Do you confine your dog when you travel by car?  If so, how?

Best wishes,

Nancy Kay, DVM

Diplomate, American College of Veterinary Internal Medicine
Author of Speaking for Spot: Be the Advocate Your Dog Needs to Live a Happy, Healthy, Longer Life
Author of Your Dog’s Best Health: A Dozen Reasonable Things to Expect From Your Vet
Recipient, Leo K. Bustad Companion Animal Veterinarian of the Year Award
Recipient, American Animal Hospital Association Animal Welfare and Humane Ethics Award
Recipient, Dog Writers Association of America Award for Best Blog
Recipient, Eukanuba Canine Health Award
Recipient, AKC Club Publication Excellence Award
Become a Fan of Speaking for Spot on Facebook

Please visit http://www.speakingforspot.com to read excerpts from Speaking for Spot and Your Dog’s Best Health.   There you will also find “Advocacy Aids”- helpful health forms you can download and use for your own dog, and a collection of published articles on advocating for your pet’s health. Speaking for Spot and Your Dog’s Best Health are available at www.speakingforspot.com, Amazon.com, local bookstores, and your favorite online book seller.

 

When is Panting Abnormal?

"Brody" by dtburkett on Flicker. CC license.

When we observe a dog who is panting, we tend to take it for granted because this behavior is so darned normal. But, is it always normal? While most panting occurs as a means of counteracting overheating (the canine version of sweating), it can also be prompted by a whole host of other reasons.

Normal panting

Dogs rely on panting as their primary means for getting rid of excess body heat. Panting allows evaporation of water and heat across the moist surfaces of the lungs, tongue, and surfaces within the mouth. So it makes physiologic sense for a dog to pant on a warm day or following exercise. Dogs do have sweat glands on the undersides of their paws and within their ears, but these glands really have only minimal cooling capabilities.

Abnormal panting

Panting is considered abnormal when it occurs for reasons other than heat dissipation, and can be recognized by one or more of the following characteristics:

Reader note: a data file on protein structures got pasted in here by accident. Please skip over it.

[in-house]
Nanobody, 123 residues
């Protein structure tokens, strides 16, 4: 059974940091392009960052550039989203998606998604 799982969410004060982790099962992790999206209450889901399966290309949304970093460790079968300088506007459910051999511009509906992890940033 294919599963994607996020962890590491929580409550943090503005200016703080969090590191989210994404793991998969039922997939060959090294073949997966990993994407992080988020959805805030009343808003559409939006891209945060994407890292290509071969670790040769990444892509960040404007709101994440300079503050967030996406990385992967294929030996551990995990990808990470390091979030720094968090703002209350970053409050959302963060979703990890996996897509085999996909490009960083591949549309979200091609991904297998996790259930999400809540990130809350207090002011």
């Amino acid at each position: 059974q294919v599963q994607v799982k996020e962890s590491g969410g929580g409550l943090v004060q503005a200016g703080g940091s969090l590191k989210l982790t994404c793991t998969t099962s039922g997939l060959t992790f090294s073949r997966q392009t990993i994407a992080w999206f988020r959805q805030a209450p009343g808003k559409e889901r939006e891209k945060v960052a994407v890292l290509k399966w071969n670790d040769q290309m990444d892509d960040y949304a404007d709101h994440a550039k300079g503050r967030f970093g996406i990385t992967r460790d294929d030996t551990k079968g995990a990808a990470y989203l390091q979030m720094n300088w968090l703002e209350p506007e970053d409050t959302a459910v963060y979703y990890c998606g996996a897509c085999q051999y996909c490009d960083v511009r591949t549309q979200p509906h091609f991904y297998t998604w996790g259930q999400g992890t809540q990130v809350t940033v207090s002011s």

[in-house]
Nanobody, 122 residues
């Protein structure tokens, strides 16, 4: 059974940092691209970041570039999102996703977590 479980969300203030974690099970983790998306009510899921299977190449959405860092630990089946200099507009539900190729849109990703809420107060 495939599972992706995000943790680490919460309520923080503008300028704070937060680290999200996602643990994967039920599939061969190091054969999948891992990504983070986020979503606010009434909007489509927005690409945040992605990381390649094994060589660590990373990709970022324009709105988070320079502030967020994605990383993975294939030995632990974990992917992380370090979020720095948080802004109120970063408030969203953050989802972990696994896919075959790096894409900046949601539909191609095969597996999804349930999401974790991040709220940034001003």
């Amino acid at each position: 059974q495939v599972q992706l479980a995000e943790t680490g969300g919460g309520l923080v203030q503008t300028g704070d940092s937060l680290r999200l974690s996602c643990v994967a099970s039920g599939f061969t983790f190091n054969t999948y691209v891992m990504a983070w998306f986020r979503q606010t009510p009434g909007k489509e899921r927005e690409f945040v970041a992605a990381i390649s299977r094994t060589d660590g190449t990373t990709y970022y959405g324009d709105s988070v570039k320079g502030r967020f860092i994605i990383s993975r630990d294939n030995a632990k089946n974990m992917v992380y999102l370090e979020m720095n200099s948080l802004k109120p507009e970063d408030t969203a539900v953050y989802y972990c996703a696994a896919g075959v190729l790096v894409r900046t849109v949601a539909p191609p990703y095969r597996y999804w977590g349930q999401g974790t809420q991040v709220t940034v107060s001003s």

• Appears excessive compared to the dog’s normal panting pattern
  • Occurs at inappropriate times (when the dog is not overly warm)
  • Sounds raspier, louder, or harsher than normal
  • Appears more exertional than normal

Listed below are some of the more common causes of abnormal panting:

  1. Anxiety, stress, or fear

Panting is one of the primary behaviors exhibited by anxious, stressed, or fearful dogs. This “behavioral panting” may be accompanied by other indicators of fear, stress, or anxiety such as pacing, yawning, whining, reclusive behavior, a tucked tail, hiding, clingy behavior, flattened ears, drooling, lip licking, a crouched posture, dilated pupils, trembling, food refusal, and even loss of bladder or bowel control.

  1. Pain

Excessive panting is a common symptom of discomfort or pain. In fact, dogs who are uncomfortable often exhibit panting well before more obvious indicators of pain, such as whining or limping, arise.

  1. Heart failure

When the heart is doing an inadequate job of pumping blood around the body, the tissues become deprived of oxygen. One of the best ways to correct this oxygen depletion is by increasing the respiratory rate, and this often results in panting.

  1. Lung disease

The lungs are where the transfer of oxygen to the bloodstream takes place. When lung disease prevents this from occurring, oxygen deprivation results. Just as is the case with heart failure, the natural response of the dog is to breathe faster and harder which translates into excessive and exertional panting.

  1. Anemia

Anemia is defined as a decrease in the red blood cell count. Given that red blood cells are responsible for transporting oxygen to the body’s tissues, it makes sense that moderate or severe anemia results in oxygen deprivation. Just as is the case with heart failure and lung disease, the dog’s natural response to this is escalated respirations and panting.

  1. Laryngeal paralysis

The larynx is the opening to the windpipe (trachea). It contains cartilage flaps that operate like saloon doors- opening wide during breathing and closing during swallowing. With laryngeal paralysis, one or both of the laryngeal cartilages fail to open normally, creating turbulent, restricted airflow and panting that is often raspy sounding and much louder than usual.

  1. Cushing’s disease

Cushing’s disease is a hormonal imbalance that occurs primarily in middle aged and older dogs. It is caused by the overproduction of cortisone (steroids) by the adrenal glands. One of the earliest and most common symptoms of this disease is excessive and inappropriate panting. Successful treatment of the Cushing’s disease typically resolves the abnormal panting.